Approximated 40% to 60% of people with a pituitary macroadenoma have impaired vision (blurry or double vision) from the adenoma. The adenoma compresses your optic chiasm, leading to visual field defects like the loss of peripheral vision (side vision).
People with pituitary adenomas often report having headaches. This could be due to pressure on nearby tissues, but as headaches are a common symptom in general, people could have them for other reasons as well.
Pituitary macroadenomas can cause one or more pituitary hormone deficiencies due to damage to your pituitary gland tissue. This can result in an underactive pituitary gland, also known as hypopituitarism.
Each pituitary hormone deficiency causes different symptoms.
- A deficiency of LH and FSH hormones leads to low testosterone (LH) and estrogen (FSH), a condition known as hypogonadism. Symptoms of hypogonadism include hot flashes and vaginal dryness in women and people AFAB, erectile dysfunction and decreased facial/body hair growth in men and people AMAB, mood swings, decreased libido/sex drive and fatigue.
- A deficiency of TSH results in low thyroid hormone production, a condition known as hypothyroidism. Symptoms of hypothyroidism include fatigue, constipation, slow heart rate, dry skin, swelling of extremities and diminished reflexes.
- A deficiency of ACTH means you don’t produce as much cortisol, a condition known as adrenal insufficiency. Symptoms of adrenal insufficiency include low blood pressure, nausea, vomiting, abdominal pain and poor appetite.
- A deficiency of GH results in low growth hormone production, also known as growth hormone deficiency. You’ll have different symptoms depending on how old you are. In adults, a lack of GH results in fatigue and decreased muscle mass.
What symptoms do functioning pituitary adenomas cause?
A functioning, or secreting, pituitary adenoma releases excess hormone(s). Functioning pituitary adenomas can cause several different symptoms depending on which pituitary hormone(s) they release.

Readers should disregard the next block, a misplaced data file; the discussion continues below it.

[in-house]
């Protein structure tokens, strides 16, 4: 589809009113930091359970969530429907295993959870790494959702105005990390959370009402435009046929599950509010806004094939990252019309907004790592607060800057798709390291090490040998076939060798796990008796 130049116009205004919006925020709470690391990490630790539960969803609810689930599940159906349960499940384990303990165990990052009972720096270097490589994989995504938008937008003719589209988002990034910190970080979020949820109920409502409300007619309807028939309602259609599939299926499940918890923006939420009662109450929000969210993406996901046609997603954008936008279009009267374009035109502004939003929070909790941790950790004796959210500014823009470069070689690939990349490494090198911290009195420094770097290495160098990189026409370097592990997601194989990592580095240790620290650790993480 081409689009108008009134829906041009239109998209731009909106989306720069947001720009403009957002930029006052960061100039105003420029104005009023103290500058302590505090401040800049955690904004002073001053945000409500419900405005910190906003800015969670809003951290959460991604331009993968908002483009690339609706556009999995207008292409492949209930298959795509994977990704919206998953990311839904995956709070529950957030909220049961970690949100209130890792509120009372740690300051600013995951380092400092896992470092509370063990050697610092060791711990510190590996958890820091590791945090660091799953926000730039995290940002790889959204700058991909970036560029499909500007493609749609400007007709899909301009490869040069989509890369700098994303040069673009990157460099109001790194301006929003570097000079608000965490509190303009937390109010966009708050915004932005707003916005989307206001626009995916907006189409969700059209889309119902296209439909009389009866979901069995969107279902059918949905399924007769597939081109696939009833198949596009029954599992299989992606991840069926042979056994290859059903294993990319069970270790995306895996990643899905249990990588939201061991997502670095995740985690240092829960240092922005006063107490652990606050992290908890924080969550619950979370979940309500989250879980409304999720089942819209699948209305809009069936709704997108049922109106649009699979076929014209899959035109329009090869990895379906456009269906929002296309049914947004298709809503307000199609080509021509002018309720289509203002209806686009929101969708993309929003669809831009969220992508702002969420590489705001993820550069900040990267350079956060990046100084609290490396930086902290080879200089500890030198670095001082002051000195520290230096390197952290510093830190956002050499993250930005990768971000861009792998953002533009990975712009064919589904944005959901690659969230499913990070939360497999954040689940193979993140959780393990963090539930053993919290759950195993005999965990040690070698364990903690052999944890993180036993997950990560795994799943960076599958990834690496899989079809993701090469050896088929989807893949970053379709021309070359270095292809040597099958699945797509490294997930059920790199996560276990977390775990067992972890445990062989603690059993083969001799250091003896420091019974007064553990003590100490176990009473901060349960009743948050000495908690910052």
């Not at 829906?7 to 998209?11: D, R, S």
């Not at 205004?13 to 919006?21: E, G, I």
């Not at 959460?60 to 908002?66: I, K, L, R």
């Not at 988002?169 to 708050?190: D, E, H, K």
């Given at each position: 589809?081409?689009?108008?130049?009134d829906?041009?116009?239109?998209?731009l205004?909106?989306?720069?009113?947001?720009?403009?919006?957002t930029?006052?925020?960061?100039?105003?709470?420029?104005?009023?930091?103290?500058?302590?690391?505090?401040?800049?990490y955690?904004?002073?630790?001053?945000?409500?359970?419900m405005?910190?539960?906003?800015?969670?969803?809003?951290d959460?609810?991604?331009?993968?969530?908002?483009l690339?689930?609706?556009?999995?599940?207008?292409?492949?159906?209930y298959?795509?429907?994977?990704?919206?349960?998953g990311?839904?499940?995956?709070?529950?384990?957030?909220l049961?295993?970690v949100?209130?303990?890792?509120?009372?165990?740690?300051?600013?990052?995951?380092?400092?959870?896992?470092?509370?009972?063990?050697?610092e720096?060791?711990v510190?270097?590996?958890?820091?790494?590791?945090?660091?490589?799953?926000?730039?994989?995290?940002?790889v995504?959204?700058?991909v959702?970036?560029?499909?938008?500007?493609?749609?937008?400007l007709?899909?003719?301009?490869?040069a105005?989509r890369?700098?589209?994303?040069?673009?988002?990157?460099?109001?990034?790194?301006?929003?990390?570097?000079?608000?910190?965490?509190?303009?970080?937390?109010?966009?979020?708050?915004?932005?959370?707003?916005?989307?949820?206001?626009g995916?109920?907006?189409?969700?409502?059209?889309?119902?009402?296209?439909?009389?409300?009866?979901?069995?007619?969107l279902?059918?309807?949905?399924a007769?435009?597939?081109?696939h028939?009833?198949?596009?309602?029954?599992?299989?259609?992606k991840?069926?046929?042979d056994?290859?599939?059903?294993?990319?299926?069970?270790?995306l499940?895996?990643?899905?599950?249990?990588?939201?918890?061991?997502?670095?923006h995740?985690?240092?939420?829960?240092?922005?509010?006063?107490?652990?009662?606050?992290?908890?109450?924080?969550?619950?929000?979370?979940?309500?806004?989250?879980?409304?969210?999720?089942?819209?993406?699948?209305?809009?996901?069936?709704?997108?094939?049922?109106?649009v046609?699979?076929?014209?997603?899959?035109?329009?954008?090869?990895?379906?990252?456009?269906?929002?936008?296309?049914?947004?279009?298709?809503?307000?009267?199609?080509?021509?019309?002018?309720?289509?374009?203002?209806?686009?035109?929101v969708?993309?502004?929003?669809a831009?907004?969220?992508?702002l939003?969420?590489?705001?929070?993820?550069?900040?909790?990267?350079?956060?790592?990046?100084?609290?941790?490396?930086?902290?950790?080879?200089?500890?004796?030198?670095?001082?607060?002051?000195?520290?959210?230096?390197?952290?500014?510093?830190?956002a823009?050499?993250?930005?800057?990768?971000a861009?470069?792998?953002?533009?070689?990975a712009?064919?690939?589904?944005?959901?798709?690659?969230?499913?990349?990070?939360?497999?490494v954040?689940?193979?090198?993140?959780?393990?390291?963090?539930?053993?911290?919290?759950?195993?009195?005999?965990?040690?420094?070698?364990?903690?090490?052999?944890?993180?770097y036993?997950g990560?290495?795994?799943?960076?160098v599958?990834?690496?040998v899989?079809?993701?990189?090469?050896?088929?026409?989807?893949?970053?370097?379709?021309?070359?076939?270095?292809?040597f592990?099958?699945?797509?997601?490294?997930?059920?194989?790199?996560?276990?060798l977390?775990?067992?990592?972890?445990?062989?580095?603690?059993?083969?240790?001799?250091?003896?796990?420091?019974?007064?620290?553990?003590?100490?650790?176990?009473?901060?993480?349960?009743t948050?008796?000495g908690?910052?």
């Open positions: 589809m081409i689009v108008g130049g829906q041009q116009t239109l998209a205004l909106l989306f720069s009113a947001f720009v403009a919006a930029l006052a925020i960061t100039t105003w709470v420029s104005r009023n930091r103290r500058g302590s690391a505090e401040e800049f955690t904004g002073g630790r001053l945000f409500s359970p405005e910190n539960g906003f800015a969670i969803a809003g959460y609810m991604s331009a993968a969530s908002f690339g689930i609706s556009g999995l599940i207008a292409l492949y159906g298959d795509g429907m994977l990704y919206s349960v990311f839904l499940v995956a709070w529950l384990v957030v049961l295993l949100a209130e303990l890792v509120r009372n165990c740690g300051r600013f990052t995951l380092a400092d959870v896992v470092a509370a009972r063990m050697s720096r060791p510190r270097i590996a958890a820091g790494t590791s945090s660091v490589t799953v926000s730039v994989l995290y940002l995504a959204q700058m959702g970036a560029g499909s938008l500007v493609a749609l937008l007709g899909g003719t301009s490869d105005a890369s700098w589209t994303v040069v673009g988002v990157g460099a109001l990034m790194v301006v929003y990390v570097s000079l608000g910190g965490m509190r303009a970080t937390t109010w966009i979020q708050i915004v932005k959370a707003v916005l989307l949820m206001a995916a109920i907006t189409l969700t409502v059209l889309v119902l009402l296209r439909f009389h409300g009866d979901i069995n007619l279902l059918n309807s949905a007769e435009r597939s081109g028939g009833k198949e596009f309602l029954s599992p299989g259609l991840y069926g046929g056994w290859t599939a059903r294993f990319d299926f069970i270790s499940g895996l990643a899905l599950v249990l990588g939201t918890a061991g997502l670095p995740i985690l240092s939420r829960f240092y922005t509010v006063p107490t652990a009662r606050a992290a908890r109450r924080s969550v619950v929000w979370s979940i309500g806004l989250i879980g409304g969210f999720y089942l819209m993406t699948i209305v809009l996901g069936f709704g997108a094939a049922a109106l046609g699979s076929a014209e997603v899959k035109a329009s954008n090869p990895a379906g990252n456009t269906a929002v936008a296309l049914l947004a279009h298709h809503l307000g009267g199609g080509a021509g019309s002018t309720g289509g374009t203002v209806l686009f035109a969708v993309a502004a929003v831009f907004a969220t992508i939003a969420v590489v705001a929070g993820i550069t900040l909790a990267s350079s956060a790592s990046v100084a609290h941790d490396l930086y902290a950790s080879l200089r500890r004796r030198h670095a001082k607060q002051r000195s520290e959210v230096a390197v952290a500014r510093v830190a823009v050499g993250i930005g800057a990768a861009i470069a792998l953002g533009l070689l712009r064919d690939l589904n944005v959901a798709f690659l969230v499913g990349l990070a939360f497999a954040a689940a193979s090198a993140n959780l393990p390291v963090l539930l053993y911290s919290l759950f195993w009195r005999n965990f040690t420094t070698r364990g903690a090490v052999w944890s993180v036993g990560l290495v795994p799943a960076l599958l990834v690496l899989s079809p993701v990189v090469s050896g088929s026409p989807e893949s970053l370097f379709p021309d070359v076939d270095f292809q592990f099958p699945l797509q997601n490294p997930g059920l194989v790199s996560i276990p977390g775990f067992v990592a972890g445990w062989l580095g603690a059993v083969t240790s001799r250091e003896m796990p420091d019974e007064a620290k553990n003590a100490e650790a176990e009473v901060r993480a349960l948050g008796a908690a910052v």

As your body normally regulates the hormone levels in your body for optimum health, extra pituitary hormones from a functioning adenoma can lead to the following conditions:
Prolactinomas (lactotroph adenomas)
Prolactinomas (lactotroph adenomas) make excess prolactin, a condition known as hyperprolactinemia. Prolactinomas account for about 4 out of 10 pituitary tumors. They’re the most common type of pituitary adenoma.
High prolactin levels can disrupt normal reproductive functions by interfering with hormones produced by your testicles or ovaries. Symptoms include:
Somatotroph adenomas make excess growth hormone (also known as somatotropin) and make up about 2 in 10 pituitary tumors.
Somatotroph adenomas cause different symptoms depending on your age.
In adults, these adenomas are a common cause of acromegaly, a rare but serious condition that results from too much growth hormone. It affects your body’s bones and tissues and causes them to grow in abnormal ways. Over time, it can lead to enlarged hands, feet or head size and a rounded face with poorly defined features. It also affects important metabolic functions like blood sugar (glucose) regulation and can increase the size of your heart muscle.
In children and adolescents, somatotroph adenomas are the cause of gigantism (also called pediatric acromegaly and pituitary gigantism). High levels of growth hormone in their body cause them to grow very tall.
Corticotroph adenomas make extra adrenocorticotropic hormone (ACTH). They account for about 1 in 10 pituitary tumors. ACTH triggers your adrenal glands to make steroid hormones, including cortisol.